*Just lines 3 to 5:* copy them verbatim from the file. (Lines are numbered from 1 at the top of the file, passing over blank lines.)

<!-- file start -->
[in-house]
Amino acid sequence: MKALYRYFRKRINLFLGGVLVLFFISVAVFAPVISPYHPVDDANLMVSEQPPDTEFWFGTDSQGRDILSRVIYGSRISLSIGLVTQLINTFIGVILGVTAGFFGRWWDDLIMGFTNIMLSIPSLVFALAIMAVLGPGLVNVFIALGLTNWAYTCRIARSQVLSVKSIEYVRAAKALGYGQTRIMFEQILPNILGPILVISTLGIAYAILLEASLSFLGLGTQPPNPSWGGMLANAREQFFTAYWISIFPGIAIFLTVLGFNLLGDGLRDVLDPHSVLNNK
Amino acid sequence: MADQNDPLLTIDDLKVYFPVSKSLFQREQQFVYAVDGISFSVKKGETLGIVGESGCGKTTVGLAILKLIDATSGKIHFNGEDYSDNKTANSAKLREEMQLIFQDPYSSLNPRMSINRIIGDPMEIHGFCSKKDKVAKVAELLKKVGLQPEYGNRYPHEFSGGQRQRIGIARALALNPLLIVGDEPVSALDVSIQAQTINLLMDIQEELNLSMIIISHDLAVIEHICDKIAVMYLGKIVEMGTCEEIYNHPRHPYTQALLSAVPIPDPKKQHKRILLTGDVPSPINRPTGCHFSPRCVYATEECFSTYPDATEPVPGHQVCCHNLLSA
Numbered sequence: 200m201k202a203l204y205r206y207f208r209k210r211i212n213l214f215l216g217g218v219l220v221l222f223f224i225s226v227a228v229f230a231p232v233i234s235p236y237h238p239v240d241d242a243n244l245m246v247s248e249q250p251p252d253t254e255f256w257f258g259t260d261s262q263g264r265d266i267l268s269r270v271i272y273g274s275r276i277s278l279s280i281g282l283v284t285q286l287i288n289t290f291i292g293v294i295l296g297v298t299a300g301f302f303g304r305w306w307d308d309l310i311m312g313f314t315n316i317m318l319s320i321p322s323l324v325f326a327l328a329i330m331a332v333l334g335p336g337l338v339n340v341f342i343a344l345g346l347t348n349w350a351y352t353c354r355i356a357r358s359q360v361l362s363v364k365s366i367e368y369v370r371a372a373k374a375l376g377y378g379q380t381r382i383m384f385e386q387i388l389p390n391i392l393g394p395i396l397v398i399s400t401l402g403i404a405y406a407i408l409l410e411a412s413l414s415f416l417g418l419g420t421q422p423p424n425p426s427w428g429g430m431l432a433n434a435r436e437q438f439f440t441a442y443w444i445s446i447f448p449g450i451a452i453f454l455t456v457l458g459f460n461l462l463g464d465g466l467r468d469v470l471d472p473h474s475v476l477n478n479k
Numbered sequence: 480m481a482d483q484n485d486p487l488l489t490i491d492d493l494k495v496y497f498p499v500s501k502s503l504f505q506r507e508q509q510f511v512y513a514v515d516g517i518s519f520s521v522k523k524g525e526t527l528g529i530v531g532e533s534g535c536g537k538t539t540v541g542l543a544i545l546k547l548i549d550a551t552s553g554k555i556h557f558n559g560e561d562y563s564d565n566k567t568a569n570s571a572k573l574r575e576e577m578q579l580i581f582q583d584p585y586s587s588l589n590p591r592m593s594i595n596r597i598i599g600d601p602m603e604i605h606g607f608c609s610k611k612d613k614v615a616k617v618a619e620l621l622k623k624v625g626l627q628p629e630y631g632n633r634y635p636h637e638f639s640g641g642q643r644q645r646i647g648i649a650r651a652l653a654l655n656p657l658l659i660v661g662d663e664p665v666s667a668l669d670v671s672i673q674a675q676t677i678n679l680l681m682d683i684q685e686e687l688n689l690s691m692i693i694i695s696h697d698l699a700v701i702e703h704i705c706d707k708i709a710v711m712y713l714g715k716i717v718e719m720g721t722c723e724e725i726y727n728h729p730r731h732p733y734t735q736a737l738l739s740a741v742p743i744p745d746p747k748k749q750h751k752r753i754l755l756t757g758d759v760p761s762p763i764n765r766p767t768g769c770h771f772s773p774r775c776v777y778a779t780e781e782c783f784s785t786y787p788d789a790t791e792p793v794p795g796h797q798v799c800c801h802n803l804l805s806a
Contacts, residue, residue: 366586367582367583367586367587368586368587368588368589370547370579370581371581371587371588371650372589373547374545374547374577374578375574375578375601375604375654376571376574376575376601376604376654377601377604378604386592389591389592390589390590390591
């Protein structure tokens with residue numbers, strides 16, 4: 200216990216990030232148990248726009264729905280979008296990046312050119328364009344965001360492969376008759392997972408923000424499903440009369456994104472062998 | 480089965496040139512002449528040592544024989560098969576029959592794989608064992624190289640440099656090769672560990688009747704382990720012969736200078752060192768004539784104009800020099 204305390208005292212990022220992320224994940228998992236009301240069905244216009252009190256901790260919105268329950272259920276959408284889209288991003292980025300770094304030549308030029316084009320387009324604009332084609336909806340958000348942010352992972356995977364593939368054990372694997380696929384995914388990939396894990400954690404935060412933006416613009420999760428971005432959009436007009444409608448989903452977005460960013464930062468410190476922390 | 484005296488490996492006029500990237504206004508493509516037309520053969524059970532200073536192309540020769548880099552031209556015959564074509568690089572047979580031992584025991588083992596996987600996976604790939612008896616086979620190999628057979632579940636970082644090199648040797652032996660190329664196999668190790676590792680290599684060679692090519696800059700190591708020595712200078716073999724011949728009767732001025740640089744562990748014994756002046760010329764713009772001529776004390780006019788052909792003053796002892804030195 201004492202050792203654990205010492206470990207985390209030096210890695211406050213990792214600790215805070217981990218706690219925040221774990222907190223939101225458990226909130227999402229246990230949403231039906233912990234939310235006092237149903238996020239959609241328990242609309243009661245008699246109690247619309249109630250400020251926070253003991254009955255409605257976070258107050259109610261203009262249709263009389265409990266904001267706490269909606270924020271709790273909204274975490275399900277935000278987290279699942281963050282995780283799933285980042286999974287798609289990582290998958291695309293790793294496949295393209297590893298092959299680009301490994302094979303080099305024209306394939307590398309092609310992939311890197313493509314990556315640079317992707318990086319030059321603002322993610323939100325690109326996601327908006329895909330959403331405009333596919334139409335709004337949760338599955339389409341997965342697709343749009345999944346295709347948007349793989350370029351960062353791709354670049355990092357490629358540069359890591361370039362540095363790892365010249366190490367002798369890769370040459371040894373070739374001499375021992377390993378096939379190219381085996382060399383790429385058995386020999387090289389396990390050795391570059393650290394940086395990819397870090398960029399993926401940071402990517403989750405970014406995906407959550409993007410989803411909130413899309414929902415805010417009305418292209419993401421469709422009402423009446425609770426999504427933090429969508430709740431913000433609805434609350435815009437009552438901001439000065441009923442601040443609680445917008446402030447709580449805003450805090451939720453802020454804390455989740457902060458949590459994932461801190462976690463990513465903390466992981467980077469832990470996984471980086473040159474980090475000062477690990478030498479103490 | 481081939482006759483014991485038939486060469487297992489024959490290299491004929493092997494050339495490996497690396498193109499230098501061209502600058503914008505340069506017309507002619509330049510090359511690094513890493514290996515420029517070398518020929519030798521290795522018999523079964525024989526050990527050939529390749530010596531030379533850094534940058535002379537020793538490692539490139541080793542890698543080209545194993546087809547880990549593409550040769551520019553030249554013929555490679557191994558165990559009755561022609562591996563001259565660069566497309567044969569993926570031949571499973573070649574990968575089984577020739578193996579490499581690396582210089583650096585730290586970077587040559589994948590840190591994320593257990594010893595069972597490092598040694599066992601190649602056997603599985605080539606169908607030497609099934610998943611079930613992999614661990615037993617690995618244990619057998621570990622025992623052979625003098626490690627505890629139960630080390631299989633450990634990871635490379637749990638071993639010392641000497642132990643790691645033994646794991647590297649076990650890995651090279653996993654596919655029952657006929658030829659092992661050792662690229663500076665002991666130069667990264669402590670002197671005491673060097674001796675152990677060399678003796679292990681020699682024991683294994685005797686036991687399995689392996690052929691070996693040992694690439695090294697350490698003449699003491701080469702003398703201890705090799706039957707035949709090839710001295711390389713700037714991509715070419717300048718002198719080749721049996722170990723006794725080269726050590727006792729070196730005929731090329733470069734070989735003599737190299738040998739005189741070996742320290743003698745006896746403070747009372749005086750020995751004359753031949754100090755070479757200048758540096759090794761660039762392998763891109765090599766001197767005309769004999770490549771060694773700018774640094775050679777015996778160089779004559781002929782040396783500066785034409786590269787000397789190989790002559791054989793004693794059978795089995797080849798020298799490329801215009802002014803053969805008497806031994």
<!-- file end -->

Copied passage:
Amino acid sequence: MADQNDPLLTIDDLKVYFPVSKSLFQREQQFVYAVDGISFSVKKGETLGIVGESGCGKTTVGLAILKLIDATSGKIHFNGEDYSDNKTANSAKLREEMQLIFQDPYSSLNPRMSINRIIGDPMEIHGFCSKKDKVAKVAELLKKVGLQPEYGNRYPHEFSGGQRQRIGIARALALNPLLIVGDEPVSALDVSIQAQTINLLMDIQEELNLSMIIISHDLAVIEHICDKIAVMYLGKIVEMGTCEEIYNHPRHPYTQALLSAVPIPDPKKQHKRILLTGDVPSPINRPTGCHFSPRCVYATEECFSTYPDATEPVPGHQVCCHNLLSA
Numbered sequence: 200m201k202a203l204y205r206y207f208r209k210r211i212n213l214f215l216g217g218v219l220v221l222f223f224i225s226v227a228v229f230a231p232v233i234s235p236y237h238p239v240d241d242a243n244l245m246v247s248e249q250p251p252d253t254e255f256w257f258g259t260d261s262q263g264r265d266i267l268s269r270v271i272y273g274s275r276i277s278l279s280i281g282l283v284t285q286l287i288n289t290f291i292g293v294i295l296g297v298t299a300g301f302f303g304r305w306w307d308d309l310i311m312g313f314t315n316i317m318l319s320i321p322s323l324v325f326a327l328a329i330m331a332v333l334g335p336g337l338v339n340v341f342i343a344l345g346l347t348n349w350a351y352t353c354r355i356a357r358s359q360v361l362s363v364k365s366i367e368y369v370r371a372a373k374a375l376g377y378g379q380t381r382i383m384f385e386q387i388l389p390n391i392l393g394p395i396l397v398i399s400t401l402g403i404a405y406a407i408l409l410e411a412s413l414s415f416l417g418l419g420t421q422p423p424n425p426s427w428g429g430m431l432a433n434a435r436e437q438f439f440t441a442y443w444i445s446i447f448p449g450i451a452i453f454l455t456v457l458g459f460n461l462l463g464d465g466l467r468d469v470l471d472p473h474s475v476l477n478n479k
Numbered sequence: 480m481a482d483q484n485d486p487l488l489t490i491d492d493l494k495v496y497f498p499v500s501k502s503l504f505q506r507e508q509q510f511v512y513a514v515d516g517i518s519f520s521v522k523k524g525e526t527l528g529i530v531g532e533s534g535c536g537k538t539t540v541g542l543a544i545l546k547l548i549d550a551t552s553g554k555i556h557f558n559g560e561d562y563s564d565n566k567t568a569n570s571a572k573l574r575e576e577m578q579l580i581f582q583d584p585y586s587s588l589n590p591r592m593s594i595n596r597i598i599g600d601p602m603e604i605h606g607f608c609s610k611k612d613k614v615a616k617v618a619e620l621l622k623k624v625g626l627q628p629e630y631g632n633r634y635p636h637e638f639s640g641g642q643r644q645r646i647g648i649a650r651a652l653a654l655n656p657l658l659i660v661g662d663e664p665v666s667a668l669d670v671s672i673q674a675q676t677i678n679l680l681m682d683i684q685e686e687l688n689l690s691m692i693i694i695s696h697d698l699a700v701i702e703h704i705c706d707k708i709a710v711m712y713l714g715k716i717v718e719m720g721t722c723e724e725i726y727n728h729p730r731h732p733y734t735q736a737l738l739s740a741v742p743i744p745d746p747k748k749q750h751k752r753i754l755l756t757g758d759v760p761s762p763i764n765r766p767t768g769c770h771f772s773p774r775c776v777y778a779t780e781e782c783f784s785t786y787p788d789a790t791e792p793v794p795g796h797q798v799c800c801h802n803l804l805s806a